Tuesday, August 28, 2012

Star Trek Deep Space Nine (Season 2b)

 Season 2a  Season 3a

The second half of the second season of “Deep Space Nine” is really good. The writers continue to tackle important issues, but remember to build compelling stories around them. Some of their plots aim far too high for even Sci-fi suspension of disbelief; but they create enough fun that we are willing to give them some benefit of the doubt. They also continue to take advantage of their unique (for Trek) circumstances and let the political intrigue build and use recurring characters to great effect.

Episode 14. “Whispers”

This is one of those more “Twilight Zone-y” storylines that Trek occasionally tries to tell, with mixed results. It also may be the most successfully executed one they have told. It is precisely because you know where they are going every step of the way that they really surprise you with the way things work out.

Episode 15. “Paradise”

One thing that DS9 is becoming very good at is telling this sort of story. It gets every possible perspective on an issue riled up because it manages to expose every side’s weaknesses and flaws. In the end you don’t know whether to cheer for the side that wins or the side that losses. Either way, if you let yourself, you have a lot to think about.

In this case we have the case of someone tricking a group of people into living by their own personal philosophy and beliefs. It is a fairly basic presentation of the way a religion can be created and used to control a society. It shows the evil nature of such a religious system; one that is forced upon people against their will and that deceives them at the same time. However, in this case some of its goals and ideals are actually positive and some choose to follow those ideals without the religious trappings once they are exposed.

Episode 16. “Shadowplay”

This story should have been a lot darker than it was. We have a man lost in escapism, but instead of returning to reality, as he knows he should, he has our heroes convincing him that his imaginary diversions have a right to life. A lot of video game addicts probably stood up and cheered when they saw this episode.

Episode 17. “Playing God”

This episode asks us to buy the conceit that a totally new universe, yes universe, is born in ours. It doesn’t make sense, but they have to save our universe without destroying the new one. One begins to think that Trek is in danger of fighting for the rights of the common cold.

Episode 18. “Profit and Loss”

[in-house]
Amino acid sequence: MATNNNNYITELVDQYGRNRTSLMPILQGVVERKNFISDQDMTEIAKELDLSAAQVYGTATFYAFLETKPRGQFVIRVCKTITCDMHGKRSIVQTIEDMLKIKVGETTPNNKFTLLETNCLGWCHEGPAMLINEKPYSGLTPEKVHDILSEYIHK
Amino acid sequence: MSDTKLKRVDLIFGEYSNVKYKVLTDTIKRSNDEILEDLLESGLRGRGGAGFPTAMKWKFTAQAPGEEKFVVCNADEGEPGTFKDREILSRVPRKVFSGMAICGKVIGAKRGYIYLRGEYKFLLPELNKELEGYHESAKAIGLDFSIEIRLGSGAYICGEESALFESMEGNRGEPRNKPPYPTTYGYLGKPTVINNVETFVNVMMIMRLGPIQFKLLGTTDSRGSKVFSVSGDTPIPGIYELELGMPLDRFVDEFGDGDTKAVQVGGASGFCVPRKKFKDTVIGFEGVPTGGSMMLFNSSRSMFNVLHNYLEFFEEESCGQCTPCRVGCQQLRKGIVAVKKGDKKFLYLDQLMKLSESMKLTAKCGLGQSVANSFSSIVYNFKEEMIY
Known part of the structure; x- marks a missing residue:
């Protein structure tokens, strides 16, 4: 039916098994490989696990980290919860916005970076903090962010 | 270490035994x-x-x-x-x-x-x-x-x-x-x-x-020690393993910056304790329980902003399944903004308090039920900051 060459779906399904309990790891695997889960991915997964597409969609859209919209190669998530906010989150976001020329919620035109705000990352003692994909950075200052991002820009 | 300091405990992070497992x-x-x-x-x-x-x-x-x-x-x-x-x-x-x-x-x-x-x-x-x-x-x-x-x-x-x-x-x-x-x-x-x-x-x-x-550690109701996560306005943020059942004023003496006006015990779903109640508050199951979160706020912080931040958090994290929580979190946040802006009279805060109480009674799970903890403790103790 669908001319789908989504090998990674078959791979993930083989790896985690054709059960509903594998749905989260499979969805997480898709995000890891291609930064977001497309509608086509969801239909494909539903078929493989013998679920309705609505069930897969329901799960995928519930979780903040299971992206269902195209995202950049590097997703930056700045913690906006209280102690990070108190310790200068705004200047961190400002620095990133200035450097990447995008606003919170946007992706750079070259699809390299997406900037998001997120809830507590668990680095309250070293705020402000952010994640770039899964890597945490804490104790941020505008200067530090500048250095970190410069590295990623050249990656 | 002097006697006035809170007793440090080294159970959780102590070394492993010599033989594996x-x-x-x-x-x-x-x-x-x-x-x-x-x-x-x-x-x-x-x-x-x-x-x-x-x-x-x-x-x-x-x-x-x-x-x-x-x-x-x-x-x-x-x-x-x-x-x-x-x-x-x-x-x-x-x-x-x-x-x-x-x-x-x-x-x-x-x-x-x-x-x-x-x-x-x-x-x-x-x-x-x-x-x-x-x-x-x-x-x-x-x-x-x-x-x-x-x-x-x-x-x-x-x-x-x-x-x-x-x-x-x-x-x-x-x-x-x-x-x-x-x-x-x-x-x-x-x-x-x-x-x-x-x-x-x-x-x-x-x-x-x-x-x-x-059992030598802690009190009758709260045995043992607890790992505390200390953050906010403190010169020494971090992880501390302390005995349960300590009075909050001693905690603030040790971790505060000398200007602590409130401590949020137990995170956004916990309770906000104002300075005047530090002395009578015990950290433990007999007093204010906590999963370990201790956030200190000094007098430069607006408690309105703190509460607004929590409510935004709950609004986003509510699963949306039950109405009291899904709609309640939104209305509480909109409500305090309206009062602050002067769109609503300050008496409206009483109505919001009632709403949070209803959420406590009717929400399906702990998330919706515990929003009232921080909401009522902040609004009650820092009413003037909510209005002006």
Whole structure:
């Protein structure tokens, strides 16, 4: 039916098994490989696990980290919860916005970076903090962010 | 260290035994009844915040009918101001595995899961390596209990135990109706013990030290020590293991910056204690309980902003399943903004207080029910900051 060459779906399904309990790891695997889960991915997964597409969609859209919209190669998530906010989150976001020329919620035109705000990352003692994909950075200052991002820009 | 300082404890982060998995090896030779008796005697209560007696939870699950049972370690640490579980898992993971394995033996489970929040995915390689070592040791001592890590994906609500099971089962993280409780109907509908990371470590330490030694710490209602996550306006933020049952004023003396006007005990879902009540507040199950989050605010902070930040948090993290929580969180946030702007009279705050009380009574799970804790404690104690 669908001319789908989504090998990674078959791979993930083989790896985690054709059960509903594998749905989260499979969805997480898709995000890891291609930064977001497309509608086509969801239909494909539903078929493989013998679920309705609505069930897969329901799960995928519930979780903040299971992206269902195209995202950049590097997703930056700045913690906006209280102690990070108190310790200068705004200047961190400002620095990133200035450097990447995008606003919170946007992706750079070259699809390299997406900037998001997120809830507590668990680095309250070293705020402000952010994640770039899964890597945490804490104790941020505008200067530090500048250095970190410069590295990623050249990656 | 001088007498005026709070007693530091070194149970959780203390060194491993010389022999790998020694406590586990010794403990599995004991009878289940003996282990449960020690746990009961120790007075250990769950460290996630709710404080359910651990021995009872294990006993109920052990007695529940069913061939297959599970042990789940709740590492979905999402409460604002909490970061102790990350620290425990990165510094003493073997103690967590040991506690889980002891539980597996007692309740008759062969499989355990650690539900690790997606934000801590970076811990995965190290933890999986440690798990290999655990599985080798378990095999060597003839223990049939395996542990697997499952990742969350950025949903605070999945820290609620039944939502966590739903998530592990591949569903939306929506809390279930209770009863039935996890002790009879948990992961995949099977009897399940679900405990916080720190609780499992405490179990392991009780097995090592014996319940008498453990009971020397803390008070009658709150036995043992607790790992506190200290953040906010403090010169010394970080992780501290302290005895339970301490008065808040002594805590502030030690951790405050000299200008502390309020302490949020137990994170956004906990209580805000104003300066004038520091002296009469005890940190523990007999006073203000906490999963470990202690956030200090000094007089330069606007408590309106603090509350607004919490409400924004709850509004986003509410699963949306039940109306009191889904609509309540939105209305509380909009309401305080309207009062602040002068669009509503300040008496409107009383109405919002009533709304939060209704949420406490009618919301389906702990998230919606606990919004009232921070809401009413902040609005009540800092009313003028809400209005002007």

We get “Casablanca” ala Trek.

Episode 19. “Blood Oath”

Dax is one character that the writers are having trouble centering good stories around so far. They haven’t found the right formula yet.

Episodes 20, 21. “The Maquis”

This was a passable two-parter that was really laying the groundwork for a new series in the Trek universe. It is an exploration of what could be seen as rebels forced to fight for their rights using any means possible, or people who want to change political circumstances using a violent means that could be described as terrorism.

Episode 22. “The Wire”

The Cardassians and the situation between them and the Federation are great stand-ins for the Soviets and the now resolved Cold War. It is not particularly subtle, but the science fiction distance helps us to better consider the healing that had been occurring at the time of this airing. We also get to know the fascinating character of Elim Garak a bit more.

Episode 23. “Crossover”

Once again we delve into the idea of alternate universes, only here we run into one of the major reasons why such stories are terribly frustrating. Supposedly, our characters cross over into an alternate that Kirk had visited a hundred years or so before. And yet we are asked to believe that 100 years on, most all of our characters are congregated at the station. How likely is it that that particular universe would track ours so closely after so much time? One of the alternates that split off from ours at a choice point within the past weeks or months maybe, but then there wouldn’t be much change would there?

Episode 24. “The Collaborator”

This is an ambitious episode, delving into politics, betrayal, and religion. Unfortunately it is a bit of a mess. However, it may prove to be an interesting start to something more in the future. For now we see that the Bajoran religion is somewhat similar to a mystical form of Catholicism. The political inner workings of the “church” are somewhat less than divine and in an interesting twist we see that the new “pope” is a fundamentalist fanatic and enemy of the Federation from season 1.

Episode 25. “Tribunal”

The Cardassian idea of justice and their justice system as seen in this episode is almost cartoonish in its extremity, but somehow the episode keeps us emotionally involved. And, as extreme as it may be there is never a shortage of people who would embrace some of the evils seen here out of their own personal sense of “justice.”

Episode 26. “The Jem Hadar”

Deep Space Nine ended its second season, and set out temporarily as the only Trek on TV, with a bold and brilliant move. Instead of the now traditional “to be continued” two-part season ender leaving us to wonder how things would be resolved at the start of the next season, we get an introduction—a hint of bigger things to come not just in an episode in a few months, but for the rest of the series’ foreseeable future.

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